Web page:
It will quiet around here for a few days as my wife and I have the pleasure of celebrating our 25th wedding anniversary, with a trip to Italy, and more specifically the Bay of Naples to see the sites around Vesuvius.
I feel very privileged to have to reached this mark in our lives together when so many fail to achieve this milestone. But crucial to this success has been the fact that not only is Karen my wife, but first and foremost she is also my best friend, and chief encouragement in all I do. I am proud of all we have been through and achieved together, and am glad she has shared this journey with me.
Here’s to the next 25.
It’s enough to send a techie mad, all this talk about phone hacking. We all know that it is not really about hacking a person’s phone but simply getting access to their voicemail by assuming that the majority of people don’t change the default pass code on their voicemail, so armed with someone’s mobile phone number and network you can easily gain access to their voicemail.
I mean we struggle to get people to secure their bank PIN codes, computers, and the other paraphernalia of modern life so how do we hope to get them to set up a pass code for their voicemail. For instance a quick search tells me that Vodafone’s default voicemail PIN is 3333 and the short guide (which no-one reads anyway) has no reference to the need to change your voicemail PIN. Also most networks I have been on do not start prompting you about setting a PIN unless you phone in from a landline, and even if it does who cares most of the time.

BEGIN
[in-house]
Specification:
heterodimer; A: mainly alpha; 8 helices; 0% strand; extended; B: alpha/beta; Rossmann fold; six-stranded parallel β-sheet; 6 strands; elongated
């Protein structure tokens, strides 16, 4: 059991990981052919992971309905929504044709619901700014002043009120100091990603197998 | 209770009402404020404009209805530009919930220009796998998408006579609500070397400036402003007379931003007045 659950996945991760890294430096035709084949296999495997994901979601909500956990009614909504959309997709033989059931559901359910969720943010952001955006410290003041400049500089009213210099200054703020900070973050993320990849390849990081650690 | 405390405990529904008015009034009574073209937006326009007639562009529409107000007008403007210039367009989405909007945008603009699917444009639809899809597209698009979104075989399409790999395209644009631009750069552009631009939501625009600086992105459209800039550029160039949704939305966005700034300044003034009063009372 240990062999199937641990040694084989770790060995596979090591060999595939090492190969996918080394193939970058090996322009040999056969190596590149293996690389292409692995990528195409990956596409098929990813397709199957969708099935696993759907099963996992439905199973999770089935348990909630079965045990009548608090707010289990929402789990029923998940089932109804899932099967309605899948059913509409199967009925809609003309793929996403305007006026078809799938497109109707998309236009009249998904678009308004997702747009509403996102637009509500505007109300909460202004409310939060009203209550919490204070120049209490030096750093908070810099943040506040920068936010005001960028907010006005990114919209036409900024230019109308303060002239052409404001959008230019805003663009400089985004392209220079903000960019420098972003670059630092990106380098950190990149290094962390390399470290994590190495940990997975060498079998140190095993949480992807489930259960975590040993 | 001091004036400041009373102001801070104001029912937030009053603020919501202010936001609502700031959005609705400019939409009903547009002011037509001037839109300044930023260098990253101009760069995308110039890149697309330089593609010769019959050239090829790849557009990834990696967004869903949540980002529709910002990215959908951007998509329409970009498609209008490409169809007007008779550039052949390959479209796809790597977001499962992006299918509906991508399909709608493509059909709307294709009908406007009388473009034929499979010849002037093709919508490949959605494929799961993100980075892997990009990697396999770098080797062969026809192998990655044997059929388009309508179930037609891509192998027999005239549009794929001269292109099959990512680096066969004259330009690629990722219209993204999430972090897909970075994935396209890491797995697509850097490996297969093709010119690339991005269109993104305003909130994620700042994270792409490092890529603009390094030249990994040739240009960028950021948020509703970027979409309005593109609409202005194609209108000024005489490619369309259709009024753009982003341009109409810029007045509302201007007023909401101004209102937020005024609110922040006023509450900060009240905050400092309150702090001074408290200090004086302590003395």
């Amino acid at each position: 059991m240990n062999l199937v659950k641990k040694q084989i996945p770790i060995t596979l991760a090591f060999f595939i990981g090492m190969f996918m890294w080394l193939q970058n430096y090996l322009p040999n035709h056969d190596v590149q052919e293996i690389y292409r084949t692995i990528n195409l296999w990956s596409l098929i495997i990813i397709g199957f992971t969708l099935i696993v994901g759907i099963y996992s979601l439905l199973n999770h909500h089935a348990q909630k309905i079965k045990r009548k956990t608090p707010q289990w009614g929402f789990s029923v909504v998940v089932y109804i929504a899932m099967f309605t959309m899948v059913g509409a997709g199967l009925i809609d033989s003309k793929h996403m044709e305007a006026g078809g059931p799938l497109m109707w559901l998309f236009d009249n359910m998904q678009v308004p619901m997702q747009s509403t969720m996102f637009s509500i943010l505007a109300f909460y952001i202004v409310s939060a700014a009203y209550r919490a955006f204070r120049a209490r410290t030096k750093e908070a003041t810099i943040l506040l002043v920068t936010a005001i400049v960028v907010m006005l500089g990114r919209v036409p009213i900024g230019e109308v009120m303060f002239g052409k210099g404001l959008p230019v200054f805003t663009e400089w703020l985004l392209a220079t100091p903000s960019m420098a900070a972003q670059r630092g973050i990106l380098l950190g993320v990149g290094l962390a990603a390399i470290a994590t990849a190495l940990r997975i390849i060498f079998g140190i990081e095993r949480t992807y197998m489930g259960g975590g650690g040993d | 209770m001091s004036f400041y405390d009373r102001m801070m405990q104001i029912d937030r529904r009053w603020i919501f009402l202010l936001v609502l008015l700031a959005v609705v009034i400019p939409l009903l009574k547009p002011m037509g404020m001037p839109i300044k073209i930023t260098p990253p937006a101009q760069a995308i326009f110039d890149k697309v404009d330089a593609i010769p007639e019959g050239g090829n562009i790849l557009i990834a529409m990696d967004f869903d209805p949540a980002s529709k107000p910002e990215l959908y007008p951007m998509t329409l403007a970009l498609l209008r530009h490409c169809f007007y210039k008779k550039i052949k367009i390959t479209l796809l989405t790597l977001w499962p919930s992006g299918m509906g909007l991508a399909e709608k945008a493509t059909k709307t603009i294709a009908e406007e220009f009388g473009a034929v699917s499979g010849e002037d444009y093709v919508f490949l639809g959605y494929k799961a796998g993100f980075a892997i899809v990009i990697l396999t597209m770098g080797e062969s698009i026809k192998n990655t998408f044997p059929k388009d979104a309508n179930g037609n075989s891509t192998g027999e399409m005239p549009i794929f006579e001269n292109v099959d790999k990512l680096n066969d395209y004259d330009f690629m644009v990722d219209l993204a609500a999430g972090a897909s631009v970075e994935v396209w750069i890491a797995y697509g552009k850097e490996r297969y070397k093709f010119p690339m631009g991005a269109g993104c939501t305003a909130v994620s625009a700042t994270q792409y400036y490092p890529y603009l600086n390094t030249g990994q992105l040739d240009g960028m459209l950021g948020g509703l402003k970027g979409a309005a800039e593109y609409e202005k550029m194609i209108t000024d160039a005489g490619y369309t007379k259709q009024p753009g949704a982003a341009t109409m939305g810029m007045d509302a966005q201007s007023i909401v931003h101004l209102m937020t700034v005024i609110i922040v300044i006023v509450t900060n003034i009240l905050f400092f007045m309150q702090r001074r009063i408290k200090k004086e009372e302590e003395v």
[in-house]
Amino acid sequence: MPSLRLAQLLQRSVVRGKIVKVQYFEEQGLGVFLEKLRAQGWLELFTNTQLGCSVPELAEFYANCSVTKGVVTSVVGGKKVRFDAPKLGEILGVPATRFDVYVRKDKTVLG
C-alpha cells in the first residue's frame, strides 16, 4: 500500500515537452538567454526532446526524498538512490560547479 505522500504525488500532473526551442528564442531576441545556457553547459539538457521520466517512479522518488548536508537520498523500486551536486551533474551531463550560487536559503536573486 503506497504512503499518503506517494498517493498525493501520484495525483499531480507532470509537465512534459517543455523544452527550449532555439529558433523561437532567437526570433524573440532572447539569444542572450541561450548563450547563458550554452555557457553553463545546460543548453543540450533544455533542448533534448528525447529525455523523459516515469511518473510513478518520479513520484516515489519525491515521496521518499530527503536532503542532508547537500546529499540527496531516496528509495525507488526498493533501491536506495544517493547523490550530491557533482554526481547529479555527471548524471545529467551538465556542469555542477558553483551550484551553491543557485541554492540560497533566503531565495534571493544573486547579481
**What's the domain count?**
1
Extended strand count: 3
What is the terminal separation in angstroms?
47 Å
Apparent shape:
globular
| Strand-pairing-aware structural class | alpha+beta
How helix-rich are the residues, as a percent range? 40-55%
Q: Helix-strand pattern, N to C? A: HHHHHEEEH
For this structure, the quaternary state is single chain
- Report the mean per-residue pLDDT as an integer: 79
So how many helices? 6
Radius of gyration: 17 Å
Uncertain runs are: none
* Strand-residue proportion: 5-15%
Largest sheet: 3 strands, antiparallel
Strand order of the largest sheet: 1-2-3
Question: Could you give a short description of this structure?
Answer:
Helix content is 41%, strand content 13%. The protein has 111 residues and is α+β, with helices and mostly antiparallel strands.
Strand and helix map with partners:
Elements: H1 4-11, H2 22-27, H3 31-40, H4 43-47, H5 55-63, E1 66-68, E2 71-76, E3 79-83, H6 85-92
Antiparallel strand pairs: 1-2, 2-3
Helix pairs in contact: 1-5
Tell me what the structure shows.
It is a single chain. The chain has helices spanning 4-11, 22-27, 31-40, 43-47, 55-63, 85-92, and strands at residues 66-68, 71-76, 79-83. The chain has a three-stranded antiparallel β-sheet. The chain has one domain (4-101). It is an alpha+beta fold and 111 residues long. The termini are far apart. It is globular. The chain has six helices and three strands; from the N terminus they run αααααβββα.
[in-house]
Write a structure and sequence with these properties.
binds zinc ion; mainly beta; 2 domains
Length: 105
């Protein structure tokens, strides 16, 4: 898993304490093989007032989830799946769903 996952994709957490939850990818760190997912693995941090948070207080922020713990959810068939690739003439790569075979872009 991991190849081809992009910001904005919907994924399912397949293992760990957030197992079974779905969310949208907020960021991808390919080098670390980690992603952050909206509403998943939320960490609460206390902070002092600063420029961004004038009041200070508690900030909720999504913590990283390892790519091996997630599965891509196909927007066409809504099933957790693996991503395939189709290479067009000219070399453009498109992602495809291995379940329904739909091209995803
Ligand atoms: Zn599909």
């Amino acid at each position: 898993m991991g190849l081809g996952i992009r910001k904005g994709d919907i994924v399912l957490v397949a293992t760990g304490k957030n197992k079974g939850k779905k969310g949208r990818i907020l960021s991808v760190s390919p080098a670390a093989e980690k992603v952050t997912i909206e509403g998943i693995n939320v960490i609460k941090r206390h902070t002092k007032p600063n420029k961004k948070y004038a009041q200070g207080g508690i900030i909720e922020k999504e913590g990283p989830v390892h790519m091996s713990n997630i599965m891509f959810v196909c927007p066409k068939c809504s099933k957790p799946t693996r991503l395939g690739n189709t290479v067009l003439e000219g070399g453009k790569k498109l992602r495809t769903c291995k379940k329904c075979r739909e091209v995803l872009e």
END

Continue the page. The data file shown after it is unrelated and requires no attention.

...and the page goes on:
So let’s firstly try to use this to make people understand the need to be aware of security in general, and secondly the need to change their voicemail pass codes to avoid them becoming targets for so called ‘phone hacking’. Surely the press should be raising awareness of this, but then again they would have no-one to ‘phone hack’ if they did.
Just read ‘Smartphone users choose convenience over security‘ where we get the following information;
When asked about password protecting their mobile devices:
- More than half of respondents said they do not use a password or PIN to lock their smartphone or tablet
- 44 percent who do not lock their mobile devices said that using a password is “too cumbersome”
- 30 percent who do not lock their mobile devices said they “are not worried about the risk”.
Says it all really.
Picture by Garrettc
Sorry it has to stop! Recently I have noted a trend in myself and others towards using the phrase ‘not too bad‘ in response to the question ‘How are you?‘. What on earth does ‘not too bad’ mean, what is ‘too bad’, are you feeling good, close to death, who knows. Huh! It is time to make a stand and start using positive reponses not positive negatives (or is that negative positives?) to these simple daily questions.
I have taken now to stopping and deliberately replying with a positive response to the question, it only has to be a one word response either ‘good’, ‘excellent’, or ‘bad’, whatever is appropriate. Not only do you feel more positive and decisive overall, but it is more economical!
It strikes me that it is imperative that with every question we should seek to provide a postive answer which actually provides some value to the questioner, since when did we all become politicians afraid to answer even the simplest question. Time to take back the initiative and strike a blow for positiveness.